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THE BIZNOB – Global Business & Financial News – A Business Journal – Focus On Business Leaders, Technology – Enterpeneurship – Finance – Economy – Politics & LifestyleTHE BIZNOB – Global Business & Financial News – A Business Journal – Focus On Business Leaders, Technology – Enterpeneurship – Finance – Economy – Politics & Lifestyle

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BA Owner’s Profit Soars to New Heights with Return of Travel Demand

BA Owner's Profit Soars to New Heights with Return of Travel
BA Owner's Profit Soars to New Heights with Return of Travel

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BA Owner’s Profit Soars to New Heights with Return of Travel

International Airline Group (IAG), the owner of British Airways, has reported annual record profits of €3.5 billion (£3 billion) for 2023, nearly three times that of the previous year and surpassing its pre-pandemic peak. The surge in profits reflects the strong demand for holidays as the travel industry continues to recover from the impact of the pandemic. IAG, which also owns Spanish airlines Iberia and Vueling and Ireland’s Aer Lingus, highlighted “strong and sustained demand for travel.” The group’s total revenues increased to €29.4 billion (£25 billion) from €23 billion in 2022.

IAG CEO Luis Gallego noted that the group’s capacity is now close to pre-pandemic levels in most leading markets, with consumer demand remaining robust, especially in the leisure travel segment. The group revealed that its flights were booked at 92% for the first three months of 2024 and at 62% for the first half of the year, indicating a more robust position than a year earlier.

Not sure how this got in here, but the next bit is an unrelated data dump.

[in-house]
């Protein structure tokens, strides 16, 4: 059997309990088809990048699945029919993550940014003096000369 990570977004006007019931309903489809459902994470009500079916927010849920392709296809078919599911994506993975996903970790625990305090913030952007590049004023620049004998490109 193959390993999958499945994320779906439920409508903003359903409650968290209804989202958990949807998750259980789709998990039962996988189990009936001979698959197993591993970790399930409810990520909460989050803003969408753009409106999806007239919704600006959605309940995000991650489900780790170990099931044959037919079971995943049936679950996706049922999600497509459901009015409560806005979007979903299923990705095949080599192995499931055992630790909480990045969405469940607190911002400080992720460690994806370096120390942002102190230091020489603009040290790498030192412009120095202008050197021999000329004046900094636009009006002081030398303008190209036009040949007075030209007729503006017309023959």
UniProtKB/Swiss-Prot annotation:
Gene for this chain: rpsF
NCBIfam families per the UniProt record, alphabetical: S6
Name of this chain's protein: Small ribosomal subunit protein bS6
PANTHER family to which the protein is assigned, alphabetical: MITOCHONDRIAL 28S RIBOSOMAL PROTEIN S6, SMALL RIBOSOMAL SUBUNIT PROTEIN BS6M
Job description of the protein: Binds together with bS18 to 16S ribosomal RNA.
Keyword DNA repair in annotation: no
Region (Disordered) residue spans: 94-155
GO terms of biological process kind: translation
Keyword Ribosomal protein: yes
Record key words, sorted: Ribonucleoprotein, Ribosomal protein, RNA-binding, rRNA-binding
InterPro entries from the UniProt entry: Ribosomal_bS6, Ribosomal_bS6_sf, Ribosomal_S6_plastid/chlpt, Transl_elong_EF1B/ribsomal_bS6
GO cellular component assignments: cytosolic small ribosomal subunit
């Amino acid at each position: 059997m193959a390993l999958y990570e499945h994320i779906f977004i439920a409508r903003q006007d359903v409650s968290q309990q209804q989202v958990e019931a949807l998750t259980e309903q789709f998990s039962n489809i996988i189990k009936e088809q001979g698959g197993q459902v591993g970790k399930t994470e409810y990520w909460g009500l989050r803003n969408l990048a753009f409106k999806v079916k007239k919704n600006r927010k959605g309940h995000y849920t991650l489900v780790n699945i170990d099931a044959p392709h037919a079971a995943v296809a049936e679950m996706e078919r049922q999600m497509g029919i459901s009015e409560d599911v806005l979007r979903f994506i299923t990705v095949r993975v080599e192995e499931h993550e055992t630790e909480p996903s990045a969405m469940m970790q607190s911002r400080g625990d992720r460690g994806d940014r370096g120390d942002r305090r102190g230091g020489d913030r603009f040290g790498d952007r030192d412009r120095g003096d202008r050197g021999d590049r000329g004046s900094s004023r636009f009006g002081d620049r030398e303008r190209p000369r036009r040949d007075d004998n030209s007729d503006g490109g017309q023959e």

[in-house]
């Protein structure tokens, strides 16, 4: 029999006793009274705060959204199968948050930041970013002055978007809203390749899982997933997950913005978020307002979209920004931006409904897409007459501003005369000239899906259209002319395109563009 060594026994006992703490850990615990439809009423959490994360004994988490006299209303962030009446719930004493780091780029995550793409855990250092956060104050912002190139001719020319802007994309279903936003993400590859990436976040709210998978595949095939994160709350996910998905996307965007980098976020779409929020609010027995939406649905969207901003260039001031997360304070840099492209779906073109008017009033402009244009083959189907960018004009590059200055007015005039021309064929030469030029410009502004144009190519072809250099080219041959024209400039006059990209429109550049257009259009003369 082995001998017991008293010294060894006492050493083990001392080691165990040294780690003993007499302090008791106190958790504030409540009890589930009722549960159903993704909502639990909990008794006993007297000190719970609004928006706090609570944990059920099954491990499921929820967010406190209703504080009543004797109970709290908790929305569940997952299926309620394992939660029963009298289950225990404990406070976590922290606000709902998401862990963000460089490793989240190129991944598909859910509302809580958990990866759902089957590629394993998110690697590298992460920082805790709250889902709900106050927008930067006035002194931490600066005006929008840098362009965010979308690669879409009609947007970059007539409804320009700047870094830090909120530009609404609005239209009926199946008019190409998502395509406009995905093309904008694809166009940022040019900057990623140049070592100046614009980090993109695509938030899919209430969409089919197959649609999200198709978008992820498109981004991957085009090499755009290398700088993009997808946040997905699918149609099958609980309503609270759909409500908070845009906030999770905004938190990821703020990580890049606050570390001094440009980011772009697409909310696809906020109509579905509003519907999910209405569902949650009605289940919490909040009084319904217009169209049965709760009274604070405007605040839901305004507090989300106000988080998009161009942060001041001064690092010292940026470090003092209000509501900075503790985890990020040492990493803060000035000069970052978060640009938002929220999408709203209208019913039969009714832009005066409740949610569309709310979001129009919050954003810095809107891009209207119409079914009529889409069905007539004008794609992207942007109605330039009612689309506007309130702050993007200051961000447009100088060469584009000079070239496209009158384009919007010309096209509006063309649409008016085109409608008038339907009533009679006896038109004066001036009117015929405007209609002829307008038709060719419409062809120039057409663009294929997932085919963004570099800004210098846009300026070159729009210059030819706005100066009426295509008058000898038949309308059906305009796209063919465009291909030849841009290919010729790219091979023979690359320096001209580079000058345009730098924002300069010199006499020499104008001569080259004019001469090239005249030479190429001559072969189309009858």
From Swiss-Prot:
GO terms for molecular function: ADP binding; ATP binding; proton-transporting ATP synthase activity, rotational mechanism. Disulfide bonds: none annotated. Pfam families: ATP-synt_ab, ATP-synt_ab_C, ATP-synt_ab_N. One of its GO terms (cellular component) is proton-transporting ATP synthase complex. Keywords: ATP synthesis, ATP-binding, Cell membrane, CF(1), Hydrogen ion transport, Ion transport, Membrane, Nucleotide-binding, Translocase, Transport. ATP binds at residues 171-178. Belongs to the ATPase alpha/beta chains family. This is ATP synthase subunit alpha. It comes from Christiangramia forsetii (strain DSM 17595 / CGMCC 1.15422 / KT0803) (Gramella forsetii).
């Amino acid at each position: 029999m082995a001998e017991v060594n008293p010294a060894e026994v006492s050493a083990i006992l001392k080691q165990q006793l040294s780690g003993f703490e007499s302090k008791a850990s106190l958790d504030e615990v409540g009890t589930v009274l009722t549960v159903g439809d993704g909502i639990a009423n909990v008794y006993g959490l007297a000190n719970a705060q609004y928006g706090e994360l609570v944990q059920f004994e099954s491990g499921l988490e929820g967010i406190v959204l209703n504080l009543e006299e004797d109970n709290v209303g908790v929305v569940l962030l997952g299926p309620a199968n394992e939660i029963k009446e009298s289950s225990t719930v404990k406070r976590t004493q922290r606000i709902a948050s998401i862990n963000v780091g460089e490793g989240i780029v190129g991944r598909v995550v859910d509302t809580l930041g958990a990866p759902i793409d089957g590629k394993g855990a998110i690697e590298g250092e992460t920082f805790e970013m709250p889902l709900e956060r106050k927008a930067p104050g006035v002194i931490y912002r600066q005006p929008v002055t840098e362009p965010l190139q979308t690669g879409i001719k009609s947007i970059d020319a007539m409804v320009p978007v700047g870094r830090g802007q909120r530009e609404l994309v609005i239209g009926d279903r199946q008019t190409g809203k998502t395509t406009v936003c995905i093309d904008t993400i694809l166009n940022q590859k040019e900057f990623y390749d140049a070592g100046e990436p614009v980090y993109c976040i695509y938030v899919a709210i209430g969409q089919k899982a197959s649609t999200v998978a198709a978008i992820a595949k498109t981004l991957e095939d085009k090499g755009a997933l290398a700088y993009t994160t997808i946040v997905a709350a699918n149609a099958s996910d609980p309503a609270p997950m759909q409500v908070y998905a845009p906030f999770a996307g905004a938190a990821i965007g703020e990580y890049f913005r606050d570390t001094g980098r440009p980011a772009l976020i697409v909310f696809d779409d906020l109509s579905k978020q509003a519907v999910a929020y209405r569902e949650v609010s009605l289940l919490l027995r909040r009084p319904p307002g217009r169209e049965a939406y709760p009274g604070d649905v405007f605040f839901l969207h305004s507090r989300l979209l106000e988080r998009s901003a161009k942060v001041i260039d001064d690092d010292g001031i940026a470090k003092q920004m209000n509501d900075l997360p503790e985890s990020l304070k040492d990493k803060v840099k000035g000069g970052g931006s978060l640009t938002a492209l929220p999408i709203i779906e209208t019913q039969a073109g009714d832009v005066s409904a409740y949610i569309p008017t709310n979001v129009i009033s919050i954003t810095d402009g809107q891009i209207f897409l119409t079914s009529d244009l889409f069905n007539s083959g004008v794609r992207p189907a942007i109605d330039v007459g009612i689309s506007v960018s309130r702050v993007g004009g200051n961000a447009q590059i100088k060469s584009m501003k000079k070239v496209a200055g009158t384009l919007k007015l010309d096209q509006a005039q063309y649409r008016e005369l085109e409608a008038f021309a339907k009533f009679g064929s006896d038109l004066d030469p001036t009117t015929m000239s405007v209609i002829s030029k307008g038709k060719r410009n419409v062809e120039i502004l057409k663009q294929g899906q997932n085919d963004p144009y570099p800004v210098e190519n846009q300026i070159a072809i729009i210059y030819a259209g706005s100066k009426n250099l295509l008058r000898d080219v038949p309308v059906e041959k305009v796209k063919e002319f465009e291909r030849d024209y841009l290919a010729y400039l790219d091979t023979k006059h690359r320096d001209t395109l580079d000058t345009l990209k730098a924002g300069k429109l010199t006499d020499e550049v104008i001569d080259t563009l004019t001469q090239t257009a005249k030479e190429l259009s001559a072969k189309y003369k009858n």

While the results reflect the positive momentum in the airline industry, IAG acknowledged potential risks, including the impact of higher inflation and interest rates, increased costs, and the potential effects of ongoing conflicts in various regions. In a call with reporters, Mr. Gallego did not comment on whether airfares would rise in the coming year, stating that they would be “determined by the market.”

Looking ahead, IAG plans to invest in 178 new aircraft between 2023 and 2028, aiming for a 20% more fuel-efficient and quieter fleet and significantly quieter than the previous generation. The announcement comes as airlines globally navigate a period of recovery and adapt to shifting market dynamics after years of disruption caused by the COVID-19 pandemic.


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